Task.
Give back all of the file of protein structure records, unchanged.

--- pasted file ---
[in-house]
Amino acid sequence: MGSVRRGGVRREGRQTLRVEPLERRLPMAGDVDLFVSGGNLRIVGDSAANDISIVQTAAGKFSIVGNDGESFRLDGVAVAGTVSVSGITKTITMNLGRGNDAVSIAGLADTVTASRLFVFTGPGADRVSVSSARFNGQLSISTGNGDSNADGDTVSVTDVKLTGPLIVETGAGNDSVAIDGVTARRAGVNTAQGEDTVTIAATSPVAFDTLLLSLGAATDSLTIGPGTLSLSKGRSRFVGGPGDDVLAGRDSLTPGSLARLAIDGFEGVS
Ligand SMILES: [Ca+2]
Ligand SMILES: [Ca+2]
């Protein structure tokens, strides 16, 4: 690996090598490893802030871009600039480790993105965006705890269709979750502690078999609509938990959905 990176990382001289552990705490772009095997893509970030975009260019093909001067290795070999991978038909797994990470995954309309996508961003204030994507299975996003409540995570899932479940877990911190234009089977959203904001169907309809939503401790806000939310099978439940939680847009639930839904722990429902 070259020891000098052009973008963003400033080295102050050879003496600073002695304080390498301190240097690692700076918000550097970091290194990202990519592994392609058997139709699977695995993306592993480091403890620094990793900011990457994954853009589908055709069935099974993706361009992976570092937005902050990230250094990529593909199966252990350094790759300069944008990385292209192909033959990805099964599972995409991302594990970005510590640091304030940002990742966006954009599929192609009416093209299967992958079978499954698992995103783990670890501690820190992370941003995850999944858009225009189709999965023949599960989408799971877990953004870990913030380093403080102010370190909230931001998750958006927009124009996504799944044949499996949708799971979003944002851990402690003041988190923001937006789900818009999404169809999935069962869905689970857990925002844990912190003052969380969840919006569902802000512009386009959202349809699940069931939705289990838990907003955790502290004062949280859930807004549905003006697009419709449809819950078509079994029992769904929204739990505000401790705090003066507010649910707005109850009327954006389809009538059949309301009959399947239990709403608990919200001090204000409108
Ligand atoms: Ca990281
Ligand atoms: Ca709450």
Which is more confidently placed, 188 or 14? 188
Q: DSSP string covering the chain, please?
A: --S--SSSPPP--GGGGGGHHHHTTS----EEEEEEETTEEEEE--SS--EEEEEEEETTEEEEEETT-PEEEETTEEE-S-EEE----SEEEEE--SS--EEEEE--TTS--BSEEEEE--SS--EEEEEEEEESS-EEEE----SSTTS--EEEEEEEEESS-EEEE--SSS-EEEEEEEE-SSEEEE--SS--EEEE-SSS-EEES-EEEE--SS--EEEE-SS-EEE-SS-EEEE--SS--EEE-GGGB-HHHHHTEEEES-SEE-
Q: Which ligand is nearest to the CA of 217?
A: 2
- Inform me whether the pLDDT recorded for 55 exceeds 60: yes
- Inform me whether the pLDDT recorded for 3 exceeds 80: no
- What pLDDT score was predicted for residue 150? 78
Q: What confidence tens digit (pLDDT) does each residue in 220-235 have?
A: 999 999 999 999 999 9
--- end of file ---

[in-house]
Amino acid sequence: MGSVRRGGVRREGRQTLRVEPLERRLPMAGDVDLFVSGGNLRIVGDSAANDISIVQTAAGKFSIVGNDGESFRLDGVAVAGTVSVSGITKTITMNLGRGNDAVSIAGLADTVTASRLFVFTGPGADRVSVSSARFNGQLSISTGNGDSNADGDTVSVTDVKLTGPLIVETGAGNDSVAIDGVTARRAGVNTAQGEDTVTIAATSPVAFDTLLLSLGAATDSLTIGPGTLSLSKGRSRFVGGPGDDVLAGRDSLTPGSLARLAIDGFEGVS
Ligand SMILES: [Ca+2]
Ligand SMILES: [Ca+2]
């Protein structure tokens, strides 16, 4: 690996090598490893802030871009600039480790993105965006705890269709979750502690078999609509938990959905 990176990382001289552990705490772009095997893509970030975009260019093909001067290795070999991978038909797994990470995954309309996508961003204030994507299975996003409540995570899932479940877990911190234009089977959203904001169907309809939503401790806000939310099978439940939680847009639930839904722990429902 070259020891000098052009973008963003400033080295102050050879003496600073002695304080390498301190240097690692700076918000550097970091290194990202990519592994392609058997139709699977695995993306592993480091403890620094990793900011990457994954853009589908055709069935099974993706361009992976570092937005902050990230250094990529593909199966252990350094790759300069944008990385292209192909033959990805099964599972995409991302594990970005510590640091304030940002990742966006954009599929192609009416093209299967992958079978499954698992995103783990670890501690820190992370941003995850999944858009225009189709999965023949599960989408799971877990953004870990913030380093403080102010370190909230931001998750958006927009124009996504799944044949499996949708799971979003944002851990402690003041988190923001937006789900818009999404169809999935069962869905689970857990925002844990912190003052969380969840919006569902802000512009386009959202349809699940069931939705289990838990907003955790502290004062949280859930807004549905003006697009419709449809819950078509079994029992769904929204739990505000401790705090003066507010649910707005109850009327954006389809009538059949309301009959399947239990709403608990919200001090204000409108
Ligand atoms: Ca990281
Ligand atoms: Ca709450």
Which is more confidently placed, 188 or 14? 188
Q: DSSP string covering the chain, please?
A: --S--SSSPPP--GGGGGGHHHHTTS----EEEEEEETTEEEEE--SS--EEEEEEEETTEEEEEETT-PEEEETTEEE-S-EEE----SEEEEE--SS--EEEEE--TTS--BSEEEEE--SS--EEEEEEEEESS-EEEE----SSTTS--EEEEEEEEESS-EEEE--SSS-EEEEEEEE-SSEEEE--SS--EEEE-SSS-EEES-EEEE--SS--EEEE-SS-EEE-SS-EEEE--SS--EEE-GGGB-HHHHHTEEEES-SEE-
Q: Which ligand is nearest to the CA of 217?
A: 2
- Inform me whether the pLDDT recorded for 55 exceeds 60: yes
- Inform me whether the pLDDT recorded for 3 exceeds 80: no
- What pLDDT score was predicted for residue 150? 78
Q: What confidence tens digit (pLDDT) does each residue in 220-235 have?
A: 999 999 999 999 999 9